AUGUSTA — The local Elks Lodge was expecting to receive about 150 families when it opened its doors Saturday morning to hand out backpacks, notebooks, pencils and other school supplies, but around double that number showed up for the giveaway. Within 45 minutes of the event starting, some types of supplies had already been swept up.

“The turnout has been unbelievable,” said Mike Michaud, exalted ruler of the Augusta Elks Lodge. “We knew there was a need for this in the community. We didn’t realize how much of a need, and what the families need to get kids back to school. … We’re already running out of stuff.”

Among the supplies that ran out early were backpacks, binders, looseleaf paper, dividers and markers. Besides school supplies, other donations included clothes, pizza, haircuts from a local barber, snack packs from the Maine Chapter of American Mothers and sports supplies that were raffled.

Families who came to the giveaway formed a line outside the main entrance to the Elks Lodge, stretching all the way to a baseball field at the back end of the property, and several said they were grateful for the outreach.

Tyler Dumas, 14, of Augusta, will soon enter the eighth grade at Cony Middle School and said the supplies would help in all his classes — especially his favorite subject, science.

“I take a lot of notes,” Dumas said. “This is very helpful if you need school supplies and you don’t have enough money to go out and get them.”

Dumas also said that he is excited for the school year to begin so he can reconnect with his friends and meet his new teachers.

Mohammad Ali, 12, also of Augusta, opened his bag and displayed some of the goods he had picked up: flashcards, markers, a pencil sharpener.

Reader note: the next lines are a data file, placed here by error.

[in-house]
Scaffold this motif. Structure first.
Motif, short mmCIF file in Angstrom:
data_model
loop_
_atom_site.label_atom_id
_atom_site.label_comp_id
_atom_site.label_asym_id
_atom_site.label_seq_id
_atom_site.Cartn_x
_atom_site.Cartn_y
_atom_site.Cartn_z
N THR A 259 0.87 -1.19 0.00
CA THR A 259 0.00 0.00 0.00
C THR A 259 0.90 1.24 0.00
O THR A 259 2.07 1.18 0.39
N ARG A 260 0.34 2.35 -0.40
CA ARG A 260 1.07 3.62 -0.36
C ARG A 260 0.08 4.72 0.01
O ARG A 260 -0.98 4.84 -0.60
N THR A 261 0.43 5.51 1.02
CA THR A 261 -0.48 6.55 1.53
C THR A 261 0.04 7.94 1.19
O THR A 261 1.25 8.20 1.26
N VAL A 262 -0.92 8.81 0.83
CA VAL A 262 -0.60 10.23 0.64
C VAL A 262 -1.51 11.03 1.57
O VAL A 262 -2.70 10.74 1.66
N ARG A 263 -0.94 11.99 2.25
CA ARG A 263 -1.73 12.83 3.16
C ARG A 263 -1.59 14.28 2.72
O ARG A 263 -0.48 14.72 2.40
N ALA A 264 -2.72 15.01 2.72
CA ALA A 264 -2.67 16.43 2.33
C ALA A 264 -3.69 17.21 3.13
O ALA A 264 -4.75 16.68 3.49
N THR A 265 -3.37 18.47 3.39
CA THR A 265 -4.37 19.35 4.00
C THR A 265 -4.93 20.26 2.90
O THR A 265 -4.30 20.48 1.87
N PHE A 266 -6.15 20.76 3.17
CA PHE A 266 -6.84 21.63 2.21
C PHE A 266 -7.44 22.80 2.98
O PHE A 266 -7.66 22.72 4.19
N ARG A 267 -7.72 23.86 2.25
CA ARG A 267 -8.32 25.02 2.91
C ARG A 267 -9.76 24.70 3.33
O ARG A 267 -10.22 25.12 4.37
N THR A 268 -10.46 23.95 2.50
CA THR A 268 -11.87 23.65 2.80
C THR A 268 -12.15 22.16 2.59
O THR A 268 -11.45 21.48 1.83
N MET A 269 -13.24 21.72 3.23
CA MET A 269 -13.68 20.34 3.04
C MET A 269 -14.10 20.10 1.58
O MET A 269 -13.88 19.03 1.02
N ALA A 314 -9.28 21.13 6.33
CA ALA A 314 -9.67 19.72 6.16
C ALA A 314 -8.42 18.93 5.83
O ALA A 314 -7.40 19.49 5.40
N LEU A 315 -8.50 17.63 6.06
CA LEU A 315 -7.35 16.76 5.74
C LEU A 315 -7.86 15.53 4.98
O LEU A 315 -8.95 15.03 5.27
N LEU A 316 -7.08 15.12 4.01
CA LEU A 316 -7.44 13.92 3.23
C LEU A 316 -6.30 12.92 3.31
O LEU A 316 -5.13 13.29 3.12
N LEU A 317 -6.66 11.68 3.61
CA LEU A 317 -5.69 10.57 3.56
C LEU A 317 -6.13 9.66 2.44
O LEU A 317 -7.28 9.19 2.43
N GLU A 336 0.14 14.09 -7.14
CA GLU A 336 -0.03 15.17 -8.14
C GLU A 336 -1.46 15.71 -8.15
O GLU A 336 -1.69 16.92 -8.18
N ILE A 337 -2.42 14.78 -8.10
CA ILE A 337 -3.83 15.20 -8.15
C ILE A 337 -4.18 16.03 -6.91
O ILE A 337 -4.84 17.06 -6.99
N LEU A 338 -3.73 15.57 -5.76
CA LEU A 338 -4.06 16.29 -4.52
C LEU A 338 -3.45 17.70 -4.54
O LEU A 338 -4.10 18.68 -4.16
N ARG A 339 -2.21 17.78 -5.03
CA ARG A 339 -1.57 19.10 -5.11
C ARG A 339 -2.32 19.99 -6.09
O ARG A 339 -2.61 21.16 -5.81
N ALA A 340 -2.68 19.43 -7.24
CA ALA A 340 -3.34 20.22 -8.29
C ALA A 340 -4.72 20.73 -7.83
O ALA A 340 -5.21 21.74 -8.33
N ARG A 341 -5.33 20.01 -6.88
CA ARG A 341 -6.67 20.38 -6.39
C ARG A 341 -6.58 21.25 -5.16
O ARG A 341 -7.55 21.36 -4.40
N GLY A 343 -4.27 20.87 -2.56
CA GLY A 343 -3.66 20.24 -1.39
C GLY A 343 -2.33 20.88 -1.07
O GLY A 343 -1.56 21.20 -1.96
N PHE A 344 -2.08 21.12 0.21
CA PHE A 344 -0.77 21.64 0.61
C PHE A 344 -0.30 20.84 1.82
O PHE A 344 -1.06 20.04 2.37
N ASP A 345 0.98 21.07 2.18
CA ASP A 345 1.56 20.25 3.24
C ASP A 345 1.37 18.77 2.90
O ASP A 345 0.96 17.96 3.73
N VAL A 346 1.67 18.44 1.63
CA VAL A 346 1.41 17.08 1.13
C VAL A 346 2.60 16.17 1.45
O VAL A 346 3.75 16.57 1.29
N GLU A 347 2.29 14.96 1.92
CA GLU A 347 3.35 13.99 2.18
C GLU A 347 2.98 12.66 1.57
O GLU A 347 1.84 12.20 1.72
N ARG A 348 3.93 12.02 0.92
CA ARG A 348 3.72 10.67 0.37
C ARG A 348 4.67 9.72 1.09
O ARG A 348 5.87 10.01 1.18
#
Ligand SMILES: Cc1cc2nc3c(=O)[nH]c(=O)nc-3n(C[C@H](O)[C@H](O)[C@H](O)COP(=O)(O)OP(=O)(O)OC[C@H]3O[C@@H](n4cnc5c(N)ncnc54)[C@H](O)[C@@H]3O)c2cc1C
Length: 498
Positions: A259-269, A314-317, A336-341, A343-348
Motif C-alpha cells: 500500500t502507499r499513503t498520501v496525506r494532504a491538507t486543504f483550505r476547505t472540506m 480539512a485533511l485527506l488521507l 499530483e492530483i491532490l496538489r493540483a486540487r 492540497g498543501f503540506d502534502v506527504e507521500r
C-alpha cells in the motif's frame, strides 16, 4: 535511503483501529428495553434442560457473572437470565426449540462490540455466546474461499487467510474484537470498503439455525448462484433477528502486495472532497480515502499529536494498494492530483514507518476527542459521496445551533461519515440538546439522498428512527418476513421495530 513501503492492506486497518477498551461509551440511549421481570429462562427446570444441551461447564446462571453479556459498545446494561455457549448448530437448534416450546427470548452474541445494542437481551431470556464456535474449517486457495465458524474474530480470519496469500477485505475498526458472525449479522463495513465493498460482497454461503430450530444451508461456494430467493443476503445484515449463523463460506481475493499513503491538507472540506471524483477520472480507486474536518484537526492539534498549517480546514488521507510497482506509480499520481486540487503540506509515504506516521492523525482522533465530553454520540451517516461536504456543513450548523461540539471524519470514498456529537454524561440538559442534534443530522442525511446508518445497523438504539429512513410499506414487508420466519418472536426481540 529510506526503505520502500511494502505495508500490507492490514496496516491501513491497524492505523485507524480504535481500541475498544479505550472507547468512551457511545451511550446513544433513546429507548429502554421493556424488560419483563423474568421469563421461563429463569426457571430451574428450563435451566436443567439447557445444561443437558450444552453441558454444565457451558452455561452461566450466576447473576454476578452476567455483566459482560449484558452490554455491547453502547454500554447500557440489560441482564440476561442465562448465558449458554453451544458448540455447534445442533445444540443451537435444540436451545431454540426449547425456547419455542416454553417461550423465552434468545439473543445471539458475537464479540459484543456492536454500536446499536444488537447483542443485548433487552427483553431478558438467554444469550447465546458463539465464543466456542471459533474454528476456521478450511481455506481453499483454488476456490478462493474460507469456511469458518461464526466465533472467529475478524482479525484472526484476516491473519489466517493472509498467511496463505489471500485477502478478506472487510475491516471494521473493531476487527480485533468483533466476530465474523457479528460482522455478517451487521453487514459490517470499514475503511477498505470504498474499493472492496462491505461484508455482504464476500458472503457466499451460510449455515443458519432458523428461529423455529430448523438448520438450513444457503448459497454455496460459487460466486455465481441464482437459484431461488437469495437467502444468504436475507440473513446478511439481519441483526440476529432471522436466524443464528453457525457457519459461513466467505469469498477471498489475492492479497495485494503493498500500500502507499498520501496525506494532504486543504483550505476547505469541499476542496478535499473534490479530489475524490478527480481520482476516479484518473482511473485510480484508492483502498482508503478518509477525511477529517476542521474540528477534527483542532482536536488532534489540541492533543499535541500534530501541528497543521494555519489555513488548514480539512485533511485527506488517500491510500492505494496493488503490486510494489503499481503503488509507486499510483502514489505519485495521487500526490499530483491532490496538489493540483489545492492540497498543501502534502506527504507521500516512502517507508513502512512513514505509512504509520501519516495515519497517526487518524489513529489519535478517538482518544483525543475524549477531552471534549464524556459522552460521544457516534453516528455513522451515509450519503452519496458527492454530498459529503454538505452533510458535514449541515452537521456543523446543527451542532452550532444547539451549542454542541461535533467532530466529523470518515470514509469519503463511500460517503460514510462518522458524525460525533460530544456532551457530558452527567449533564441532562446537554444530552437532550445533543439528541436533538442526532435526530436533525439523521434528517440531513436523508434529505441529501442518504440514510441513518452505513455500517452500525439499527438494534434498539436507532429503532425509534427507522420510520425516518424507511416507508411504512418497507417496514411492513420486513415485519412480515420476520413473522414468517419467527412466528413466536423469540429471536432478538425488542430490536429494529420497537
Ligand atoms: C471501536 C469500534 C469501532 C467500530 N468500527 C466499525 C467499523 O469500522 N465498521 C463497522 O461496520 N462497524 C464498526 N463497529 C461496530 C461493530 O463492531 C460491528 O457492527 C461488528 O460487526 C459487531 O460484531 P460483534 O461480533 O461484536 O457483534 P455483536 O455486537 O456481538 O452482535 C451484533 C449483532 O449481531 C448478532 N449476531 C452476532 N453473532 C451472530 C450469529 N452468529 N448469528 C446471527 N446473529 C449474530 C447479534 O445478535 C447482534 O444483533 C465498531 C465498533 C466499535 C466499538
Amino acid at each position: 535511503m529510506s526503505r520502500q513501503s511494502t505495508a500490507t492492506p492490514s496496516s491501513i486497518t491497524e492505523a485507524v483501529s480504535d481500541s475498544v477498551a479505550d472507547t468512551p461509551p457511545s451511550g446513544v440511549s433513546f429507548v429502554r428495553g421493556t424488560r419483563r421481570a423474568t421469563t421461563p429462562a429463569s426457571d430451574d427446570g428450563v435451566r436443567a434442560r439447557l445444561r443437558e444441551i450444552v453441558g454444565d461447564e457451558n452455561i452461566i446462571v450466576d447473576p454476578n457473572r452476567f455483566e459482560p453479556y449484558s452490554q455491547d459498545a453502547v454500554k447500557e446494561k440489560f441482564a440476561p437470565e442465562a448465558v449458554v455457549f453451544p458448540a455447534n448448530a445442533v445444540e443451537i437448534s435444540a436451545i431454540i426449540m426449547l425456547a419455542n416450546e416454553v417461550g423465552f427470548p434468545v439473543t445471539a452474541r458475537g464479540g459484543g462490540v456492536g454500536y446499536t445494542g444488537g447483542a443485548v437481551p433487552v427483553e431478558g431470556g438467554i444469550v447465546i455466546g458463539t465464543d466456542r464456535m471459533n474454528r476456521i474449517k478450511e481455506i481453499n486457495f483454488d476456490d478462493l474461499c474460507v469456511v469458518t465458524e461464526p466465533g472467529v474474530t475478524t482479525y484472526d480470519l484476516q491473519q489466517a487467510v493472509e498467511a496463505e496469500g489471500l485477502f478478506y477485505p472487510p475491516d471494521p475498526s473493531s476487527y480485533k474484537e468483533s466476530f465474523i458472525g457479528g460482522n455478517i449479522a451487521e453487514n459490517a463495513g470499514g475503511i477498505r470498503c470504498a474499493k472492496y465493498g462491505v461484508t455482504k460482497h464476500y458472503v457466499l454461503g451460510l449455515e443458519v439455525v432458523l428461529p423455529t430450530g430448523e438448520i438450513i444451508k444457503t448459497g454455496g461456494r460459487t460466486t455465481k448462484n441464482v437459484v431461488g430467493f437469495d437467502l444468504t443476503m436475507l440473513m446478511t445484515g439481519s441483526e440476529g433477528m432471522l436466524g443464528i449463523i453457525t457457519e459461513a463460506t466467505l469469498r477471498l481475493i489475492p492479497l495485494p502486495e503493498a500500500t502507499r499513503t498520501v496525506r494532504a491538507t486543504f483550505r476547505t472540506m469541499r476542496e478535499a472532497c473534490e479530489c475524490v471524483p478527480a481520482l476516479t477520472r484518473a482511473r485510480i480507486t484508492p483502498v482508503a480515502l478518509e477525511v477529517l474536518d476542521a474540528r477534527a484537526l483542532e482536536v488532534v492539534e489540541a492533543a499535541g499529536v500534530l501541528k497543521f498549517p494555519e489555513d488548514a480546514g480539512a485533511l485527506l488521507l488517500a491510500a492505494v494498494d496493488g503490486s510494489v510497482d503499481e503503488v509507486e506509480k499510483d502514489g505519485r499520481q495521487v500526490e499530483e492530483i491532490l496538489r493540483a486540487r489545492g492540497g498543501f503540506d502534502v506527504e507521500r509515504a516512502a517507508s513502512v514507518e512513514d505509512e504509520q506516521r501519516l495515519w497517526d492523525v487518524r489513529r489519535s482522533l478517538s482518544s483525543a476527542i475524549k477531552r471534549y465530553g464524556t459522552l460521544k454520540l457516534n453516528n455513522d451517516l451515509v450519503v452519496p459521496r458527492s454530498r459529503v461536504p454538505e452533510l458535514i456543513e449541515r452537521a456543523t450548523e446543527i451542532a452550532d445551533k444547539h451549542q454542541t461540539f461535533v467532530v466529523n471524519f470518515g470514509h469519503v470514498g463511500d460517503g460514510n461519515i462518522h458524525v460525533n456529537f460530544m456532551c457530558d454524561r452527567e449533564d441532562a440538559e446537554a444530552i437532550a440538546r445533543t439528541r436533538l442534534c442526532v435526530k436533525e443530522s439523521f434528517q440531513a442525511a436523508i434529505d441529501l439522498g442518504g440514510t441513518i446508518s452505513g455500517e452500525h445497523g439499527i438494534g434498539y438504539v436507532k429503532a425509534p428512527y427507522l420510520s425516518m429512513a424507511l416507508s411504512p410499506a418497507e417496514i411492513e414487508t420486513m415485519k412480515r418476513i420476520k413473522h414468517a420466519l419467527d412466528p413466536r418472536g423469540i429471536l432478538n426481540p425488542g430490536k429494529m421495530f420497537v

Pulling out another item, Mohammad, who moved to the United States from Iraq with his family and has been living in Maine for one year, struggled to find the English words for it, but eventually succeeded: “hand sanitizer.”

Asked how he felt about the giveaway, Mohammad’s answer was succinct: “happy.”

The giveaway was the first of what the Augusta Elks Lodge hopes will become an annual event. The event was partly funded by a $1,500 grant from the national Elks organization that was sent as part of its 150th anniversary celebration, coming on Feb. 16, 2018. A number of local groups also donated supplies and funds.

Given the large turnout on Saturday morning, “Next year, we’re going to make sure it’s a lot bigger,” said Michaud, whose wife, Lina, was chairwoman of the event. “We were planning for 100-to-150 (families to come). We blew that right out of the water.”

He estimated that 300 or 400 families had come on Saturday.

Prior to the event, Michaud said the goal of the giveaway was to equip children from needy families for success in the school year ahead, though all families were welcome.

“These are basic items kids need to have for school,” Michaud said. “But, believe it or not, a lot of kids in these communities start school with nothing but the shirt on their backs. Close to 50 percent of kids going to schools in the city of Augusta are at or under the poverty level. So there is a definite need for these things, to give these kids a fighting chance.”

One woman at the event, Brenda Lee, who declined to give her full name, said she has foster children. One of them, a young girl, was getting her bangs trimmed on Saturday morning.

Brenda Lee estimated that the cost of school supplies for each child can be around $40 each fall, plus whatever they need to spend later in the year, and that the giveaway helped defray those costs.

“We really appreciate that they’re doing this,” she said.

Jan Rollins, the assistant principal of Cony High School, was helping give away supplies on Saturday. She noted that some families had just come to the giveaway for particular items, like backpacks and clothes. She also said that many teachers in the Augusta schools buy supplies for their classes themselves.

“I think it’s amazing,” she said of the effort. “I think it also shows the need. … I’m hoping the community can pitch in next year.”

Charles Eichacker — 621-5642

[email protected]

Twitter: @ceichacker

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